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J Glob Health. 2019 Jun;9(1):010431. doi: 10.7189/jogh-09-010431.

Child development, growth and microbiota: follow-up of a randomized education trial in Uganda.

Author information

Department of Nutrition, Institute of Basic Medical Sciences, University of Oslo, Oslo, Norway.
Department of Human Nutrition and Home Economics, Kyambogo University, Kampala, Uganda.
Netherlands Organization for Applied Scientific Research (TNO), Microbiology and Systems Biology, Zeist, the Netherlands.
Department of Molecular Cell Biology, VU University Amsterdam, the Netherlands.
Oslo Centre for Biostatistics and Epidemiology, Oslo University Hospital, Oslo, Norway.
School of Food Technology, Nutrition and Bioengineering, Makerere University, Kampala, Uganda.
Department of Haematology, Oslo University Hospital, Oslo, Norway.
Division of Human Nutrition, Stellenbosch University, Tygerberg, South Africa.
Equal authorship.
Institute of Health Sciences, Kristiania University College, Oslo, Norway.



Undernutrition impairs child development outcomes and growth. In this follow-up study of an open cluster-randomized intervention trial we examined the effects of an education package delivered to mothers in rural Uganda on their children's development, growth and gut microbiota at 36 months of age.


The parental trial included 511 mother-child pairs recruited when the children were 6-8 months. In that trial, a nutrition, stimulation and hygiene education was delivered to mothers in the intervention group while the control group received routine health care. A follow-up sample of 155 pairs (intervention n = 77, control n = 78) were re-enrolled when the children were 24 months. Developmental outcomes were assessed with the Bayley Scales of Infant and Toddler Development (BSID-III) composite scores for cognitive (primary endpoint), language and motor development. Development outcomes were also evaluated using the Ages and Stages Questionnaire (ASQ) and the Mullen Scales of Early Learning (MSEL). Other outcomes included growth and gut microbiota composition.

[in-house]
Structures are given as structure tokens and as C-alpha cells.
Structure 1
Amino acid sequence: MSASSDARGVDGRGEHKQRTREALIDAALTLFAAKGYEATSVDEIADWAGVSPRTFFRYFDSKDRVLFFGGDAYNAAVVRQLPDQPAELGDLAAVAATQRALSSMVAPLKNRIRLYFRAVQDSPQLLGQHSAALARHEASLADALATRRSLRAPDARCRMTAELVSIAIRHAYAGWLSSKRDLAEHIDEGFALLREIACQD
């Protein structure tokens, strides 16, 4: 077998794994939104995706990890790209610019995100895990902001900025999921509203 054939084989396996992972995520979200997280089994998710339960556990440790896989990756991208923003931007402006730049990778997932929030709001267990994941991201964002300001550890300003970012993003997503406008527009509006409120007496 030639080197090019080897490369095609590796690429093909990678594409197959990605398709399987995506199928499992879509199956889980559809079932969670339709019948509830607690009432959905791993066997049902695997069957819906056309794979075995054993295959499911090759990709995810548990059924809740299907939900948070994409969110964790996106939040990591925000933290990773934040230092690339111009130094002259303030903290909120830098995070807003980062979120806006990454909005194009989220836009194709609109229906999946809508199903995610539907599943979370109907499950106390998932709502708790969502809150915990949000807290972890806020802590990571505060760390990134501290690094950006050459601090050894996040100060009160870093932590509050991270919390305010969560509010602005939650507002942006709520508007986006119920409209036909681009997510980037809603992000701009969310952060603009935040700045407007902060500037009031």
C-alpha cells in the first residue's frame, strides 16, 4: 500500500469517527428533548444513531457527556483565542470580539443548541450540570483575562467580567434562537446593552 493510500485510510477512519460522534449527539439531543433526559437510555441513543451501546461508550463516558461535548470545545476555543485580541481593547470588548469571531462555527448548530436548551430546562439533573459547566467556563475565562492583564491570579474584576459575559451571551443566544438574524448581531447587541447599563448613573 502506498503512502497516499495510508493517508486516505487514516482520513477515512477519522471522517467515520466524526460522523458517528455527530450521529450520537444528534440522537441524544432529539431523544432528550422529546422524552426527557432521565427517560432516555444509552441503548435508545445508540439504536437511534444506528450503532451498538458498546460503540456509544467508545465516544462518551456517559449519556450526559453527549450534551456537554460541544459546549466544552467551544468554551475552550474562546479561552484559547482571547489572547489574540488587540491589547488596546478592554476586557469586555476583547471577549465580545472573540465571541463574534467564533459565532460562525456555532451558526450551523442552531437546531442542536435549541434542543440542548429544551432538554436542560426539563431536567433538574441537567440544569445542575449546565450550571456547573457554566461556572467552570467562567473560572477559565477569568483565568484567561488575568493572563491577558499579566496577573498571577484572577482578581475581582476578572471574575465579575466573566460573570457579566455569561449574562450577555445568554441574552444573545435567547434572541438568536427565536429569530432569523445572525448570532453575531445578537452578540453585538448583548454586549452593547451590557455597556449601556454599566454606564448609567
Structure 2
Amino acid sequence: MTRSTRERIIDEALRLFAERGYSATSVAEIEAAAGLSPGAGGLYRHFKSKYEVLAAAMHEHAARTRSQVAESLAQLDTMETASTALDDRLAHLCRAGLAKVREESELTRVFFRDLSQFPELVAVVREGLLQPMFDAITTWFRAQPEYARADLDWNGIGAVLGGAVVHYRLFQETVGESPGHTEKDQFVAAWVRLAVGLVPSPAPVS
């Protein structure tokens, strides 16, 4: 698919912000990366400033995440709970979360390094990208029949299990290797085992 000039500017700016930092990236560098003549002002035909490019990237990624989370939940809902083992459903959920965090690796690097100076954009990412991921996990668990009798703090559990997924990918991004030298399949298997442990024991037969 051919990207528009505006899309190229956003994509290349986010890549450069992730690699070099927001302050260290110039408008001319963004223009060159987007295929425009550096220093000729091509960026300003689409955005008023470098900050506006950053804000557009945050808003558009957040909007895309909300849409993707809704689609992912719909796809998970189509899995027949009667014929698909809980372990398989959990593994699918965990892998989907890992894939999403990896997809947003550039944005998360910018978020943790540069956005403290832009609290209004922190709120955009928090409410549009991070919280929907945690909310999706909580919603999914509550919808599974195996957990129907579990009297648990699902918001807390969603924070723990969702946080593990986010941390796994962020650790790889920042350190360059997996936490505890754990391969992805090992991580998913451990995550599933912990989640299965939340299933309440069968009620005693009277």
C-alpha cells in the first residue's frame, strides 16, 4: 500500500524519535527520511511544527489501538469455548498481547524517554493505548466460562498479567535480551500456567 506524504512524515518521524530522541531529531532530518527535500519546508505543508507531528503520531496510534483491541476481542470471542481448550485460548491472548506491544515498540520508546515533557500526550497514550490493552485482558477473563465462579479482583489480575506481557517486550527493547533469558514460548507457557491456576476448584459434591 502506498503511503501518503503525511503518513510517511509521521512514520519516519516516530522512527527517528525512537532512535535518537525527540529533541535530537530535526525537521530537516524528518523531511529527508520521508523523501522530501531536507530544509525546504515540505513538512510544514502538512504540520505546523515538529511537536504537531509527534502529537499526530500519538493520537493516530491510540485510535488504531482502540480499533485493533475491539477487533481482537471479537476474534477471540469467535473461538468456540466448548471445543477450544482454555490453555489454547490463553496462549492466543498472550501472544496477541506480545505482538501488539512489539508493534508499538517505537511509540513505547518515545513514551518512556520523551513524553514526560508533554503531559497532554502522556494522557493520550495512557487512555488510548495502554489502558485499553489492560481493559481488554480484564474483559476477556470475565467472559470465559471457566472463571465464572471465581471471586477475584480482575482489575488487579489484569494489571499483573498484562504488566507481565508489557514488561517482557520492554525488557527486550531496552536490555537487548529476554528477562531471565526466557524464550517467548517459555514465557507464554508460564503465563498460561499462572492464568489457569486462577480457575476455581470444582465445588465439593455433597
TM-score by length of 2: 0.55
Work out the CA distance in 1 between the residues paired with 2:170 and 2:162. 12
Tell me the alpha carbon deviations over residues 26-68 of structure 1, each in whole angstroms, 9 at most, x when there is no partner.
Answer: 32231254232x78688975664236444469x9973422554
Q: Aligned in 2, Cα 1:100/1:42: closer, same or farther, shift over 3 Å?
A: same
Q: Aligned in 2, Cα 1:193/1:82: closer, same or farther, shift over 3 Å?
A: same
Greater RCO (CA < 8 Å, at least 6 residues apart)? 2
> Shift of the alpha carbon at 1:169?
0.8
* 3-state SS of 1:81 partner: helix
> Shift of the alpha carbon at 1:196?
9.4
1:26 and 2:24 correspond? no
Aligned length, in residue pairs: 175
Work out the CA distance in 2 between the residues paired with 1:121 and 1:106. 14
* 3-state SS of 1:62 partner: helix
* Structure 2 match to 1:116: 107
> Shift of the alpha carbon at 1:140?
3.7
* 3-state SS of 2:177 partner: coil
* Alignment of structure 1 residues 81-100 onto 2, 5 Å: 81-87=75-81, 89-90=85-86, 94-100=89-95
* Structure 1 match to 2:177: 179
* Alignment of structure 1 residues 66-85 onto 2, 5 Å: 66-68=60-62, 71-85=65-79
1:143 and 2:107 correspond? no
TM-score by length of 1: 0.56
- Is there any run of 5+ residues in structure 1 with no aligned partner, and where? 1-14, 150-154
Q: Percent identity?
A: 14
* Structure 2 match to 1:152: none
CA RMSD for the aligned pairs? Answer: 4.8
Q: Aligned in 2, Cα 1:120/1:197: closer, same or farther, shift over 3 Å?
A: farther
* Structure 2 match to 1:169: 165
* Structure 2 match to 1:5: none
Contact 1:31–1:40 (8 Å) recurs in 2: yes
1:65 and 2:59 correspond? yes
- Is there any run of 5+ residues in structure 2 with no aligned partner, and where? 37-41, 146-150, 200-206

The demographic characteristics were not different (P > 0.05) between the intervention and control groups and similar to those of the parental study. The intervention group had higher BSID-III scores than controls, with mean difference 10.13 (95% confidence interval (CI): 3.31-17.05, P = 0.002); 7.59 (1.62-13.66, P = 0.01); 9.00 (2.92-15.40, P = 0.005), for cognitive, language and motor composite scores, respectively. An improvement in the intervention compared to the control group was obtained for both the ASQ and the MSEL scores. The mean difference in height-for-age z-score was higher in the intervention compared to the control group: 0.50 (0.25-0.75, P = 0.0001). Gut microbiota composition did not differ significantly between the two study groups.


The maternal education intervention had positive effects on child development and growth at three years, but did not alter gut microbiota composition. This intervention may be applicable in other low-resource settings.

Trial registration: registration number NCT02098031.

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